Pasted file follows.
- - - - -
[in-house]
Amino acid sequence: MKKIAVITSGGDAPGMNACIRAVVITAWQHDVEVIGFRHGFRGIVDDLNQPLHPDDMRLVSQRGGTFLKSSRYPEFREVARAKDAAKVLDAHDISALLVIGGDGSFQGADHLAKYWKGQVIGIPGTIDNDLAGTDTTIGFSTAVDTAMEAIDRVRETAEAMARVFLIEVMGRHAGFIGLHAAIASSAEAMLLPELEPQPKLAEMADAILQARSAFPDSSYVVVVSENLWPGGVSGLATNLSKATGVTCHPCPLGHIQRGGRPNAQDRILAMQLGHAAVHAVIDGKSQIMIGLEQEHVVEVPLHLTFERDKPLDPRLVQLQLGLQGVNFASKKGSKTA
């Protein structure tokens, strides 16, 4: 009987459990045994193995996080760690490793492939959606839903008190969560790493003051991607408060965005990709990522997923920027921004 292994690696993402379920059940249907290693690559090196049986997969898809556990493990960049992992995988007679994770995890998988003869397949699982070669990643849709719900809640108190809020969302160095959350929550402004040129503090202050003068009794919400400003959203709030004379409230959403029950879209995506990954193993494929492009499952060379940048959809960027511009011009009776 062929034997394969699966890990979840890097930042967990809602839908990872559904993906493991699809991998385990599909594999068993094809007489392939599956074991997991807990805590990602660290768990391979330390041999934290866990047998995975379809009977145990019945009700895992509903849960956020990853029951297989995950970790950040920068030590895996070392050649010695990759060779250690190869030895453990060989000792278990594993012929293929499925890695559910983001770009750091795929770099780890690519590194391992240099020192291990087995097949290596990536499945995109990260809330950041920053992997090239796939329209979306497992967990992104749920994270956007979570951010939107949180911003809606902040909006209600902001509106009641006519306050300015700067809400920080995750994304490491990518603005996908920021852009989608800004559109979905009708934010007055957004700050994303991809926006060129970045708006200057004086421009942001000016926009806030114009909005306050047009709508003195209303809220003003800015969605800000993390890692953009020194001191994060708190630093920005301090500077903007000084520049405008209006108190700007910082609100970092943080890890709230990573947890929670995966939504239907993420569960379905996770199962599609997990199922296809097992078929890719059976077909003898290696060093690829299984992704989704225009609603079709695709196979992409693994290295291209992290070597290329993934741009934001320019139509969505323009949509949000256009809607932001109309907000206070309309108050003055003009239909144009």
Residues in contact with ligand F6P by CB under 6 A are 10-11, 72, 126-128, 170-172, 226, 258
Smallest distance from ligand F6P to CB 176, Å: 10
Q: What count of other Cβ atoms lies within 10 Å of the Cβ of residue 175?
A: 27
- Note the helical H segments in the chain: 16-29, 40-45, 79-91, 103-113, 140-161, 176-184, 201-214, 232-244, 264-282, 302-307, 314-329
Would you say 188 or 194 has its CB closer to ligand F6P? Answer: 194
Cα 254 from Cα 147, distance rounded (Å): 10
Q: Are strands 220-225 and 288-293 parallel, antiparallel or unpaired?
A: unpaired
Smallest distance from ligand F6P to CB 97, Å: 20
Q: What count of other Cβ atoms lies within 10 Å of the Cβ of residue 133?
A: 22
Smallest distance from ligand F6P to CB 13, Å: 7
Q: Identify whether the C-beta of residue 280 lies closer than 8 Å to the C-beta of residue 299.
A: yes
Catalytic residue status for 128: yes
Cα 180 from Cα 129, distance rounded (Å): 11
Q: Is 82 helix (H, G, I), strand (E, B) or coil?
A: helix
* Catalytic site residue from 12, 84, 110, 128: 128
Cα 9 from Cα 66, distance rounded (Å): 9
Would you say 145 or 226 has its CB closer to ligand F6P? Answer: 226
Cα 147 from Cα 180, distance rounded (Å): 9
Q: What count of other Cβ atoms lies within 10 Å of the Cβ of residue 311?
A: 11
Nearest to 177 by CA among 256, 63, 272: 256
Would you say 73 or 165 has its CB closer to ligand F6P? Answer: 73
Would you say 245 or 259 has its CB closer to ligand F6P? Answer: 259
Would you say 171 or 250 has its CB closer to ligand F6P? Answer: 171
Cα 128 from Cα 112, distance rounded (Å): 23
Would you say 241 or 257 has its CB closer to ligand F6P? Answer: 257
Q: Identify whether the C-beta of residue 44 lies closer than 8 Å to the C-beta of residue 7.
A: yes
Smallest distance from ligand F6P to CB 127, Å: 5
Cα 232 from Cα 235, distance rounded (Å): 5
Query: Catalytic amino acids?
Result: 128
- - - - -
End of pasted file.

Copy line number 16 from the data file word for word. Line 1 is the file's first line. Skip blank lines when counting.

Smallest distance from ligand F6P to CB 13, Å: 7